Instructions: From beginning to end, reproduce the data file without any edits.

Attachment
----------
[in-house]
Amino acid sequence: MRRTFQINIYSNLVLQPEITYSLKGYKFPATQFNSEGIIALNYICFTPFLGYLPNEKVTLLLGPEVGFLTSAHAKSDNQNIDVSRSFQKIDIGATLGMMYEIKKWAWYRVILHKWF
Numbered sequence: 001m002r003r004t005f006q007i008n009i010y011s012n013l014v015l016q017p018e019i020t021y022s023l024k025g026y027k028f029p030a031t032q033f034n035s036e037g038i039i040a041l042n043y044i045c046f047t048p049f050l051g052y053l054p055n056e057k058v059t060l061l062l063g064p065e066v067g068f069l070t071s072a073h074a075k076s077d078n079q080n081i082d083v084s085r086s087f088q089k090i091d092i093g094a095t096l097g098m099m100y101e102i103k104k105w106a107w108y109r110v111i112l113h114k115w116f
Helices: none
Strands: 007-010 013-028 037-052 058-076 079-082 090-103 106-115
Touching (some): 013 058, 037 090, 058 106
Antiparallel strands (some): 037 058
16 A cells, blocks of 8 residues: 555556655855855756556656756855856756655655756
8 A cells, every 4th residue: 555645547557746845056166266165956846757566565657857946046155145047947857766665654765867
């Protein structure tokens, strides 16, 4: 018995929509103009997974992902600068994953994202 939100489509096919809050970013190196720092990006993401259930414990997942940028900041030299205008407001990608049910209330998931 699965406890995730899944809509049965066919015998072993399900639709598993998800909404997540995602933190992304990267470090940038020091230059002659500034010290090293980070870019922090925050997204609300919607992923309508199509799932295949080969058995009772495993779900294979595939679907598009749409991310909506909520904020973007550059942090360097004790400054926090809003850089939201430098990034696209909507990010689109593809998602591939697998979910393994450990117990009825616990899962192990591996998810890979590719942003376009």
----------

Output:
[in-house]
Amino acid sequence: MRRTFQINIYSNLVLQPEITYSLKGYKFPATQFNSEGIIALNYICFTPFLGYLPNEKVTLLLGPEVGFLTSAHAKSDNQNIDVSRSFQKIDIGATLGMMYEIKKWAWYRVILHKWF
Numbered sequence: 001m002r003r004t005f006q007i008n009i010y011s012n013l014v015l016q017p018e019i020t021y022s023l024k025g026y027k028f029p030a031t032q033f034n035s036e037g038i039i040a041l042n043y044i045c046f047t048p049f050l051g052y053l054p055n056e057k058v059t060l061l062l063g064p065e066v067g068f069l070t071s072a073h074a075k076s077d078n079q080n081i082d083v084s085r086s087f088q089k090i091d092i093g094a095t096l097g098m099m100y101e102i103k104k105w106a107w108y109r110v111i112l113h114k115w116f
Helices: none
Strands: 007-010 013-028 037-052 058-076 079-082 090-103 106-115
Touching (some): 013 058, 037 090, 058 106
Antiparallel strands (some): 037 058
16 A cells, blocks of 8 residues: 555556655855855756556656756855856756655655756
8 A cells, every 4th residue: 555645547557746845056166266165956846757566565657857946046155145047947857766665654765867
């Protein structure tokens, strides 16, 4: 018995929509103009997974992902600068994953994202 939100489509096919809050970013190196720092990006993401259930414990997942940028900041030299205008407001990608049910209330998931 699965406890995730899944809509049965066919015998072993399900639709598993998800909404997540995602933190992304990267470090940038020091230059002659500034010290090293980070870019922090925050997204609300919607992923309508199509799932295949080969058995009772495993779900294979595939679907598009749409991310909506909520904020973007550059942090360097004790400054926090809003850089939201430098990034696209909507990010689109593809998602591939697998979910393994450990117990009825616990899962192990591996998810890979590719942003376009």